Hindu man set on fire in East London ‘for dating Muslim girl’
* The assailants were “released on bail”. Just what does one have to do in the UK to get locked up? It is difficult to imagine a more horrific thing to do to someone. If he does not die in agony he is likely to be grossly disfigured and require multiple surgeries.
* In Islamic law, a Muslim man may marry a non-Muslim woman. But a Muslim woman may not marry a non-Muslim man. From the London Paper, June 19 (thanks to DW):
Thursday, 19 June 2008 Police were appealing for witnesses today following the attempted murder of a man who was doused in petrol and set on fire in east London.
The 20-year-old, who is fighting for his life in hospital, was torched as he sat in his car in Forest Gate.
It is believed the Hindi victim, who suffered 65 per cent burns in the attack, was targeted because he was dating a Muslim girlfriend.
He had just parked his car, a green Honda Prelude, in St George’s Road when he was approached by the suspect or suspects and had petrol poured over him before being set alight….
* In other news:
Big Payouts for Headbangers:Â Abul Koyair (left) and Mohammed Abdul Kahar
UK Dhimmi police is eager to avoid ‘backlash’ from Muslims, voluntarily agrees to pay Â£60,000 jiziyah to terror suspects
THE two brothers at the centre of the bungled Forest Gate anti-terror raid are to receive more than Â£60,000 in compensation from Scotland Yard, the Mail can reveal.
Following six months of negotiations, Mohammed Abdul Kahar, 25, and Abul Koyair, 23, will get the payout as a ‘goodwill gesture’.
Last night it emerged that although the legal advice to the Yard was that they could fight the action, senior officers have decided to settle to avoid sparking ‘community’ tensions.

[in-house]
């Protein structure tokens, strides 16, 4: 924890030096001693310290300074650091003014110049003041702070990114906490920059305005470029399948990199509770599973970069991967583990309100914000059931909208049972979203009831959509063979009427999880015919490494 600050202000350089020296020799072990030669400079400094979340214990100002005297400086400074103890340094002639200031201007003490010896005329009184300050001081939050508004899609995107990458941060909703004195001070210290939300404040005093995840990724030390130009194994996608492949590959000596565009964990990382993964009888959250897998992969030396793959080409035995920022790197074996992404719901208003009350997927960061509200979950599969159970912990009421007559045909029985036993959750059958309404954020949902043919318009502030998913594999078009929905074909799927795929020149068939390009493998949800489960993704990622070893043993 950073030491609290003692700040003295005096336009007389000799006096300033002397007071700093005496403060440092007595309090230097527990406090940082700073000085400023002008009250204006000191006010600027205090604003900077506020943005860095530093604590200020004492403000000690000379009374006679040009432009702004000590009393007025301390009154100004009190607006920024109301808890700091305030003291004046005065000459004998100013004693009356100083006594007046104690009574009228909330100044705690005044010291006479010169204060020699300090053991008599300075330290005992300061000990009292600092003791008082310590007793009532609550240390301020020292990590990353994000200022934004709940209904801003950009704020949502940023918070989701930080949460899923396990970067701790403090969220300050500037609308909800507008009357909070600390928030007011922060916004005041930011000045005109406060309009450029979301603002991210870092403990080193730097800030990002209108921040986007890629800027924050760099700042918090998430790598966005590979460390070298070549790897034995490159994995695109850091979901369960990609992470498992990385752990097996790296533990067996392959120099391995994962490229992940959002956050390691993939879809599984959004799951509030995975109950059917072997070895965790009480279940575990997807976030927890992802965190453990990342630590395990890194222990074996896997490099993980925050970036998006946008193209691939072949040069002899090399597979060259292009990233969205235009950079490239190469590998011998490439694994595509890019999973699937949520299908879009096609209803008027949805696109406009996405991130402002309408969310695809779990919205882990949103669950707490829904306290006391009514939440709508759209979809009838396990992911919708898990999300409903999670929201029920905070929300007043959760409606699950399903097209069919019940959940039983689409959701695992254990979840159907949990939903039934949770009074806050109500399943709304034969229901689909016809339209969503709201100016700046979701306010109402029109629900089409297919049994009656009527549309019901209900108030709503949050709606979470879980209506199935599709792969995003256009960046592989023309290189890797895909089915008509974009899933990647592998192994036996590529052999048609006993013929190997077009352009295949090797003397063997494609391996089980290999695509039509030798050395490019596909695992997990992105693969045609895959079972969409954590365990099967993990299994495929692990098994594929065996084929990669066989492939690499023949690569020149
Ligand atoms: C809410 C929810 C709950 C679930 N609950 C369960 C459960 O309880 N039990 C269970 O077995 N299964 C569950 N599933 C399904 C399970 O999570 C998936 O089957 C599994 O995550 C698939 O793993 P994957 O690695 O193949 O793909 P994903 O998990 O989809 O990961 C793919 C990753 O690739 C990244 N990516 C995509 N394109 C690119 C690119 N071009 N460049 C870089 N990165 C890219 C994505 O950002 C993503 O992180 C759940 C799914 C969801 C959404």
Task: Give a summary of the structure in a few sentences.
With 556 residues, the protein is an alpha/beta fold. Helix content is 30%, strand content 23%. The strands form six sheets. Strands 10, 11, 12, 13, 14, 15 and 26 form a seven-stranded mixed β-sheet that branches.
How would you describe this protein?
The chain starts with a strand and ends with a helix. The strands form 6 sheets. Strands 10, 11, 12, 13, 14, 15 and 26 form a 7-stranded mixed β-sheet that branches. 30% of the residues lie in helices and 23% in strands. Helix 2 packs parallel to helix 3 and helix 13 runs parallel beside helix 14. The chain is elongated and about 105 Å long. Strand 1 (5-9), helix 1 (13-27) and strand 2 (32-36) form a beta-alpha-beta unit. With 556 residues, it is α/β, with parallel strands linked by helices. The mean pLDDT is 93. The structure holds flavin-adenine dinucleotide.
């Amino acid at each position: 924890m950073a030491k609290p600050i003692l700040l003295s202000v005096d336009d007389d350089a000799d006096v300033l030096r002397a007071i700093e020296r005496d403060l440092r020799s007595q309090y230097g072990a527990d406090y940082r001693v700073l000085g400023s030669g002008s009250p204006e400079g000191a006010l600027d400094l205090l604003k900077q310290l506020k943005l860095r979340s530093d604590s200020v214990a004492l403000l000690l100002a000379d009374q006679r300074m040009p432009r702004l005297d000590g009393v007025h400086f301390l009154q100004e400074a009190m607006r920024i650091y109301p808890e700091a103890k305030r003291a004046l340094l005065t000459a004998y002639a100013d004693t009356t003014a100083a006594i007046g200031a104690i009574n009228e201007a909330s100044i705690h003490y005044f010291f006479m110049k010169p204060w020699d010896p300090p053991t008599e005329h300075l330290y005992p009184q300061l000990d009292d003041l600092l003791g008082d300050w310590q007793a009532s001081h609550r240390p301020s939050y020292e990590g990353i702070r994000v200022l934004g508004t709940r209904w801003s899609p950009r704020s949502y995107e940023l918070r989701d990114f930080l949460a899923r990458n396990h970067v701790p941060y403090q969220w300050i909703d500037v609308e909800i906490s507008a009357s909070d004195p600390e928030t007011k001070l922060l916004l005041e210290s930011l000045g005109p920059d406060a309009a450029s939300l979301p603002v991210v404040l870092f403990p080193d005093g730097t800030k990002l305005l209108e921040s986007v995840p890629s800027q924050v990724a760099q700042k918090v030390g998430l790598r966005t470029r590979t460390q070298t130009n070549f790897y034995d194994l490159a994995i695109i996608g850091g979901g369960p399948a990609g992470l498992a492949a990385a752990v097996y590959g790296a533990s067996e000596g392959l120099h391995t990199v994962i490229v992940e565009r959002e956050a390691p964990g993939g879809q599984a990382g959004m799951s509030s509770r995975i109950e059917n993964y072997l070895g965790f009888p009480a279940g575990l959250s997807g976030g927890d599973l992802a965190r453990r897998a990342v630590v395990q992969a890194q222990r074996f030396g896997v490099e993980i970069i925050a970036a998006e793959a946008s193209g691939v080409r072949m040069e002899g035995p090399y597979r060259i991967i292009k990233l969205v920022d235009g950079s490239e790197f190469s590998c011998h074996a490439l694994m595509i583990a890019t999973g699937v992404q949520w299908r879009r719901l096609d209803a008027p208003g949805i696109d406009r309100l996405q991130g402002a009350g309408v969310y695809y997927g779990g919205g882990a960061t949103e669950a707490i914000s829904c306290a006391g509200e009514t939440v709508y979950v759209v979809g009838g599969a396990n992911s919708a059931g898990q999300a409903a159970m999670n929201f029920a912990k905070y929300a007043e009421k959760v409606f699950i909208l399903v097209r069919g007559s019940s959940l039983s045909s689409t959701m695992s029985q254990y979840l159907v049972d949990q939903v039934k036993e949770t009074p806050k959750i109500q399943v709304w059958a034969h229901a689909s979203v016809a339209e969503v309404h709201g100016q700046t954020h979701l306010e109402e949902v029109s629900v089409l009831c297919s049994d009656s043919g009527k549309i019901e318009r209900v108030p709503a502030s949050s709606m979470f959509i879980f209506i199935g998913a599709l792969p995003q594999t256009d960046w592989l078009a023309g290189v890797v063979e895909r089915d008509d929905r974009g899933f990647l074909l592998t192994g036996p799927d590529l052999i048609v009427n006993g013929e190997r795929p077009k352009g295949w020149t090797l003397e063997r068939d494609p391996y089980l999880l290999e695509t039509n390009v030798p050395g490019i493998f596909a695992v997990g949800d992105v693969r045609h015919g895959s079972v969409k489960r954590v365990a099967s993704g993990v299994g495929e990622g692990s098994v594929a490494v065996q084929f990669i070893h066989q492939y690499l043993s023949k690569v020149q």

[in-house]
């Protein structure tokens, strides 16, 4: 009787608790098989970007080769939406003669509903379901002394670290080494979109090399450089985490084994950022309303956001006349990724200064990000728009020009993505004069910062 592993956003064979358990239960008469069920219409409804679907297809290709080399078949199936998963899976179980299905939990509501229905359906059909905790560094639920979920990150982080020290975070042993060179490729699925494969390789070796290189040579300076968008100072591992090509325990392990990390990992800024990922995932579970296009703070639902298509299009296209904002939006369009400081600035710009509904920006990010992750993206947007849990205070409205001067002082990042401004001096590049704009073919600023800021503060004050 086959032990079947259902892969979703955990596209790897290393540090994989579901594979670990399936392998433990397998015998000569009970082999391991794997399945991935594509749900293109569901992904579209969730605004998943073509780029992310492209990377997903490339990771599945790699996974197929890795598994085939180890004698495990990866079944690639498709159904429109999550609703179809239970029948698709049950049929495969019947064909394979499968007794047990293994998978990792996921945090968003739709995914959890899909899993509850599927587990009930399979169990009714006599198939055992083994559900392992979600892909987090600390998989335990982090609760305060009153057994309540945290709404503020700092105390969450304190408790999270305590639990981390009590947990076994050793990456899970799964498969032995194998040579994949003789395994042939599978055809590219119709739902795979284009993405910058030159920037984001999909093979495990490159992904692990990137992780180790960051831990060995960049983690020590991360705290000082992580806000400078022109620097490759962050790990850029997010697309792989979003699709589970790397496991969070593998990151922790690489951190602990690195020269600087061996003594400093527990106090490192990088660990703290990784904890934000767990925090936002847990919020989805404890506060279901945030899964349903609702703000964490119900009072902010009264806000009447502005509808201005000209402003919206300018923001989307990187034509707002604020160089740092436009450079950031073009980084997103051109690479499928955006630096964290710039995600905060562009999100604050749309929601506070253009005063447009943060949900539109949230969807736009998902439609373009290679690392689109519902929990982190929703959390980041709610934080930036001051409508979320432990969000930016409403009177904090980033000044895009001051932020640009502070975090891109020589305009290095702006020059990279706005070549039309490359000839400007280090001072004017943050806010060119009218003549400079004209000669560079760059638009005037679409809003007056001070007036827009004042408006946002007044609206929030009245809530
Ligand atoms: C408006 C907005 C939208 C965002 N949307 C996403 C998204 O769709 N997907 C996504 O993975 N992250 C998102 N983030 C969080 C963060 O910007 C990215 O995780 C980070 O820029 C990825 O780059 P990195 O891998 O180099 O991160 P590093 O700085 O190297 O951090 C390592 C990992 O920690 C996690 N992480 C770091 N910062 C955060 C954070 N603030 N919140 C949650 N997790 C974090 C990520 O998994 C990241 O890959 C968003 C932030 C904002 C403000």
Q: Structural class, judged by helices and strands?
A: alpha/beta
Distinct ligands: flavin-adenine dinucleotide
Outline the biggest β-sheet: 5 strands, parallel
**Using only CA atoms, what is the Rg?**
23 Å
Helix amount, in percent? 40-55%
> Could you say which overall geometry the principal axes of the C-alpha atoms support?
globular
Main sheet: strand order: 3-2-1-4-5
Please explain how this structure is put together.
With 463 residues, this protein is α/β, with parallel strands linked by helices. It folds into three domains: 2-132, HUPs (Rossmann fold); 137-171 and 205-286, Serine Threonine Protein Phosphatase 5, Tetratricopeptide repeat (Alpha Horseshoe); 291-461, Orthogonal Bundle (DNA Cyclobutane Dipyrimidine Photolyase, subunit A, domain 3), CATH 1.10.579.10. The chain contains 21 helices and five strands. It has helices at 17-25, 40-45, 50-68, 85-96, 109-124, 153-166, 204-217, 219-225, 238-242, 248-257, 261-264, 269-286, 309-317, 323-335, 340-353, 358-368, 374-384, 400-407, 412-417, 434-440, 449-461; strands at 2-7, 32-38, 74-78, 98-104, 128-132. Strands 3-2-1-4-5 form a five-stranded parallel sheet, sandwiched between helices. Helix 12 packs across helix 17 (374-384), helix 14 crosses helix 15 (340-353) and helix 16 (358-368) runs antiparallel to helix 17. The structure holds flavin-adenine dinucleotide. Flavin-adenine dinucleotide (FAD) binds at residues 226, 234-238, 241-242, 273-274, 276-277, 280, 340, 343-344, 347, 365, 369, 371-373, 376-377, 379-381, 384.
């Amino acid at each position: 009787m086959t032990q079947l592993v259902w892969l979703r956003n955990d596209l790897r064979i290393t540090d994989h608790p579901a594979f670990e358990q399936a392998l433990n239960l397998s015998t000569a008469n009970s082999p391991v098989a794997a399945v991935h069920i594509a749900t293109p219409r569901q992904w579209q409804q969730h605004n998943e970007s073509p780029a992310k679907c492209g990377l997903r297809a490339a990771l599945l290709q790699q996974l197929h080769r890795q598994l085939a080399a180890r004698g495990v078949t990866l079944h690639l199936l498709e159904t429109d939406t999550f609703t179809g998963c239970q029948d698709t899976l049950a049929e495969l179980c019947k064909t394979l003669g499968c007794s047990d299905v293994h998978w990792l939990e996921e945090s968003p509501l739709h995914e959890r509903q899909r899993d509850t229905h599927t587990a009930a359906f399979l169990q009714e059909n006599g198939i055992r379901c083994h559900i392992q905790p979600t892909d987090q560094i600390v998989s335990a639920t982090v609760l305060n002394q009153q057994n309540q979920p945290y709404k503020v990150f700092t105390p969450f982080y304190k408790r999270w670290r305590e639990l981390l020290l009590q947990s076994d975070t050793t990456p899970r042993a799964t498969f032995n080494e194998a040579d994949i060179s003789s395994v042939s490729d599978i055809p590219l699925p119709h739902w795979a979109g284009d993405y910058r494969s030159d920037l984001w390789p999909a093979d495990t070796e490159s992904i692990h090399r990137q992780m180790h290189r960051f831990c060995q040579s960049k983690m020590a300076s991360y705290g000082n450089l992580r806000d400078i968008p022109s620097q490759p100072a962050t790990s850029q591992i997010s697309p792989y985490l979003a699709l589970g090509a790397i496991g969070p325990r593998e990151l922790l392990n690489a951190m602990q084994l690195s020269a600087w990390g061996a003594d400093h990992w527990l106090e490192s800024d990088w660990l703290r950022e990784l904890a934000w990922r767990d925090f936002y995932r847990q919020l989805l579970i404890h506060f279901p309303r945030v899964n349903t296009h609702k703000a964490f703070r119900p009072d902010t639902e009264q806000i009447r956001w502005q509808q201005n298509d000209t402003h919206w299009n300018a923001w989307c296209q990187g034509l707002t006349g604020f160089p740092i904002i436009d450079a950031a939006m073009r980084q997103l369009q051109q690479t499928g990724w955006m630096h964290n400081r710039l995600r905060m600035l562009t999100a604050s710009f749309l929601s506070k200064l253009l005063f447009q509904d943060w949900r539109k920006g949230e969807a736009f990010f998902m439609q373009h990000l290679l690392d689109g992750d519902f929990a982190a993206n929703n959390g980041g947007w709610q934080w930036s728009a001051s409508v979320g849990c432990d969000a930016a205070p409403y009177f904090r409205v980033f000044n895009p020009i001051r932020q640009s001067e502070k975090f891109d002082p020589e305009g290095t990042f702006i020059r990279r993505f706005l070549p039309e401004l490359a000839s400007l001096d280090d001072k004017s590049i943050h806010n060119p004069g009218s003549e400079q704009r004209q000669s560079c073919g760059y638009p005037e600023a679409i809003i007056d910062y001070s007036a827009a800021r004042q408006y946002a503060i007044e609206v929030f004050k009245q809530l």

A leaked document seen by the Mail admits that police feared a backlash if the case went to court.
Mr Kahar and Mr Koyair, who have made a series of financial demands against the Metropolitan Police, had been seeking a total of Â£125,000 damages for assault and negligence.
Mr Kahar’s claim was for Â£85,000, while his brother was demanding Â£40,000. The brothers were arrested in June 2006 by armed officers looking for a chemical device at their terrace home in Forest Gate, East London.
In the commotion of the Â£2.2million police operation, which involved more than 250 officers, Mr Kahar was shot in the shoulder.
But no device was found and the men were released without charge after spending a week in custody.
Their home had been ripped apart during the raid.
For two months they and their relatives stayed – at taxpayers’ expense – in a series of luxury hotels. The total bill for hotel and living expenses while their house, in Lansdown Road, was being repaired came to Â£90,500. But their demands did not end there.
Through their lawyers, they made a number of other claims against the Met, including the cost of putting the family cat in boarding kennels.
Sources revealed they also asked the police to pay the mortgage interest on their home, as well as the bill for installation of a burglar alarm.
They claimed that their clothes were ‘contaminated’ by police searching their home. For this, they demanded Â£200 each to replace them. Most of the family’s financial demands were rejected by Metropolitan Police lawyers.
But now, following protracted discussions, the Met has agreed to pay more than Â£60,000 in damages to the brothers. They will also compensate four close relatives and at least two neighbours inconvenienced by the anti-terror raid.
Sources said the deal with the brothers is due to be rubber-stamped in the next two weeks. Scotland Yard said that because of a confidentiality agreement, it could not comment on negotiations with Mr Kahar and Mr Koyair.
It confirmed the Met had reached an agreement with the former occupants of the neighbouring house.
Last year a report by the Independent Police Complaints Commission largely cleared police of blame despite their ‘very aggressive tactics’.
A neighbour of the brothers confirmed the pair still live at the Forest Gate home, the front of which appears newly decorated and features double-glazing inlaid with gold-edged diamond shapes.
Forest Gate Two: By Numbers
Â£2,211,600 was the total bill for the ill-fated anti-terror raid, excluding damages
Â£156,900 was spent on equipment for the raid, such as chemical and biological suits and thermal imaging equipment
Â£1,843,400 was paid in salaries and overtime to officers involved in the operation
Â£120,800 was the cost of restoring the houses, catering costs and erecting barriers for public safety